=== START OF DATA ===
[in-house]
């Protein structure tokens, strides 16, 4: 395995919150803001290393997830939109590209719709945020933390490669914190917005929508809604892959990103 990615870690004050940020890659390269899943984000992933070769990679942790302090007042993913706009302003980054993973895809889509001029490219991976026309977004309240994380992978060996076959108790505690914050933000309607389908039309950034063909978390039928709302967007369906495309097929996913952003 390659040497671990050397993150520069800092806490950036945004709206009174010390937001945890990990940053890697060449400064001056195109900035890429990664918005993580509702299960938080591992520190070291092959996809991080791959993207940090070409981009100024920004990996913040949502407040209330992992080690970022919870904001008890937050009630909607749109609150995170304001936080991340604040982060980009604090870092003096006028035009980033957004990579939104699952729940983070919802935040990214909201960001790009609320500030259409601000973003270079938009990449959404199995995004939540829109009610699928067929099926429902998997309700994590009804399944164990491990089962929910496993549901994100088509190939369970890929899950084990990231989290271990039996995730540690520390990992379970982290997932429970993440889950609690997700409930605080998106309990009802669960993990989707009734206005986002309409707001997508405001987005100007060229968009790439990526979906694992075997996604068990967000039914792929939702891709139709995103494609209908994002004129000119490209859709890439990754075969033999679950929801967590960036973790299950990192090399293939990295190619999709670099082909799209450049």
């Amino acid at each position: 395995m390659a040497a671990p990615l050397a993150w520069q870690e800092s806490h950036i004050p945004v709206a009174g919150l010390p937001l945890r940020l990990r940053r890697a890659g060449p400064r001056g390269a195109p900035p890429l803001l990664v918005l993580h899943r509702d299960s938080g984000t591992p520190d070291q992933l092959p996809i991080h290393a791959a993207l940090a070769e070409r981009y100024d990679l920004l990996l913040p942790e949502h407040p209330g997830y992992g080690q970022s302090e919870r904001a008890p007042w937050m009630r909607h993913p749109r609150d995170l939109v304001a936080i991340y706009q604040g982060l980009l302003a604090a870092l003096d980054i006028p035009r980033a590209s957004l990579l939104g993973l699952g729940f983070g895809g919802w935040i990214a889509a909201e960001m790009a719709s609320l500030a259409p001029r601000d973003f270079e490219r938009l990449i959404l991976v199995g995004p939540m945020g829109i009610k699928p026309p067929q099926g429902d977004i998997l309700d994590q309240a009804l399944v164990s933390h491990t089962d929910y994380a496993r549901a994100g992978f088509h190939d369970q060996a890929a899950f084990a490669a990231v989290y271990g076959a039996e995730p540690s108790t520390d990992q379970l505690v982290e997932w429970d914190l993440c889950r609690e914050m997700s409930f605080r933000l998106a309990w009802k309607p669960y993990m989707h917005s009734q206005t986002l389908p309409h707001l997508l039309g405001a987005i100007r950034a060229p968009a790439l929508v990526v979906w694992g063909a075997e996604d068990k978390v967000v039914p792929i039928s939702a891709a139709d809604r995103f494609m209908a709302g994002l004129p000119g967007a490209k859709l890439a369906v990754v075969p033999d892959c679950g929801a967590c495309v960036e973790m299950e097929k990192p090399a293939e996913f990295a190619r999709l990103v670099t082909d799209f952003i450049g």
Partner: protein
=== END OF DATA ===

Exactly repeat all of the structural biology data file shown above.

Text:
[in-house]
């Protein structure tokens, strides 16, 4: 395995919150803001290393997830939109590209719709945020933390490669914190917005929508809604892959990103 990615870690004050940020890659390269899943984000992933070769990679942790302090007042993913706009302003980054993973895809889509001029490219991976026309977004309240994380992978060996076959108790505690914050933000309607389908039309950034063909978390039928709302967007369906495309097929996913952003 390659040497671990050397993150520069800092806490950036945004709206009174010390937001945890990990940053890697060449400064001056195109900035890429990664918005993580509702299960938080591992520190070291092959996809991080791959993207940090070409981009100024920004990996913040949502407040209330992992080690970022919870904001008890937050009630909607749109609150995170304001936080991340604040982060980009604090870092003096006028035009980033957004990579939104699952729940983070919802935040990214909201960001790009609320500030259409601000973003270079938009990449959404199995995004939540829109009610699928067929099926429902998997309700994590009804399944164990491990089962929910496993549901994100088509190939369970890929899950084990990231989290271990039996995730540690520390990992379970982290997932429970993440889950609690997700409930605080998106309990009802669960993990989707009734206005986002309409707001997508405001987005100007060229968009790439990526979906694992075997996604068990967000039914792929939702891709139709995103494609209908994002004129000119490209859709890439990754075969033999679950929801967590960036973790299950990192090399293939990295190619999709670099082909799209450049």
């Amino acid at each position: 395995m390659a040497a671990p990615l050397a993150w520069q870690e800092s806490h950036i004050p945004v709206a009174g919150l010390p937001l945890r940020l990990r940053r890697a890659g060449p400064r001056g390269a195109p900035p890429l803001l990664v918005l993580h899943r509702d299960s938080g984000t591992p520190d070291q992933l092959p996809i991080h290393a791959a993207l940090a070769e070409r981009y100024d990679l920004l990996l913040p942790e949502h407040p209330g997830y992992g080690q970022s302090e919870r904001a008890p007042w937050m009630r909607h993913p749109r609150d995170l939109v304001a936080i991340y706009q604040g982060l980009l302003a604090a870092l003096d980054i006028p035009r980033a590209s957004l990579l939104g993973l699952g729940f983070g895809g919802w935040i990214a889509a909201e960001m790009a719709s609320l500030a259409p001029r601000d973003f270079e490219r938009l990449i959404l991976v199995g995004p939540m945020g829109i009610k699928p026309p067929q099926g429902d977004i998997l309700d994590q309240a009804l399944v164990s933390h491990t089962d929910y994380a496993r549901a994100g992978f088509h190939d369970q060996a890929a899950f084990a490669a990231v989290y271990g076959a039996e995730p540690s108790t520390d990992q379970l505690v982290e997932w429970d914190l993440c889950r609690e914050m997700s409930f605080r933000l998106a309990w009802k309607p669960y993990m989707h917005s009734q206005t986002l389908p309409h707001l997508l039309g405001a987005i100007r950034a060229p968009a790439l929508v990526v979906w694992g063909a075997e996604d068990k978390v967000v039914p792929i039928s939702a891709a139709d809604r995103f494609m209908a709302g994002l004129p000119g967007a490209k859709l890439a369906v990754v075969p033999d892959c679950g929801a967590c495309v960036e973790m299950e097929k990192p090399a293939e996913f990295a190619r999709l990103v670099t082909d799209f952003i450049g």
Partner: protein